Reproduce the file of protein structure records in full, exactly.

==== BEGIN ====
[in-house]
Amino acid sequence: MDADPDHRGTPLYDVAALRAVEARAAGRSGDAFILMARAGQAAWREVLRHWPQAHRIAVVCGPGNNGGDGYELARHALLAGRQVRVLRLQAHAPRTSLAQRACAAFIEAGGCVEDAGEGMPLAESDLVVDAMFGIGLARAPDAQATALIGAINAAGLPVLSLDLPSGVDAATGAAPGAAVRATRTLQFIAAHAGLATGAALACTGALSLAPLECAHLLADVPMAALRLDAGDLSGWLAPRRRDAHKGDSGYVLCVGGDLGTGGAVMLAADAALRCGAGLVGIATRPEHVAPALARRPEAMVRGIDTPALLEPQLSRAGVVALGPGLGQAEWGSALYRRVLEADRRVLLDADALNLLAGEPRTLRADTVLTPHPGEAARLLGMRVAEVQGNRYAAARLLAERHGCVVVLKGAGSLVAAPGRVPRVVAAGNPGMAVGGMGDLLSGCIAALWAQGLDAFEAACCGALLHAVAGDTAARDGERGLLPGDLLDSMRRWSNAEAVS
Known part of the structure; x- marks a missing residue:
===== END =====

[in-house]
Amino acid sequence: MDADPDHRGTPLYDVAALRAVEARAAGRSGDAFILMARAGQAAWREVLRHWPQAHRIAVVCGPGNNGGDGYELARHALLAGRQVRVLRLQAHAPRTSLAQRACAAFIEAGGCVEDAGEGMPLAESDLVVDAMFGIGLARAPDAQATALIGAINAAGLPVLSLDLPSGVDAATGAAPGAAVRATRTLQFIAAHAGLATGAALACTGALSLAPLECAHLLADVPMAALRLDAGDLSGWLAPRRRDAHKGDSGYVLCVGGDLGTGGAVMLAADAALRCGAGLVGIATRPEHVAPALARRPEAMVRGIDTPALLEPQLSRAGVVALGPGLGQAEWGSALYRRVLEADRRVLLDADALNLLAGEPRTLRADTVLTPHPGEAARLLGMRVAEVQGNRYAAARLLAERHGCVVVLKGAGSLVAAPGRVPRVVAAGNPGMAVGGMGDLLSGCIAALWAQGLDAFEAACCGALLHAVAGDTAARDGERGLLPGDLLDSMRRWSNAEAVS
Known part of the structure; x- marks a missing residue: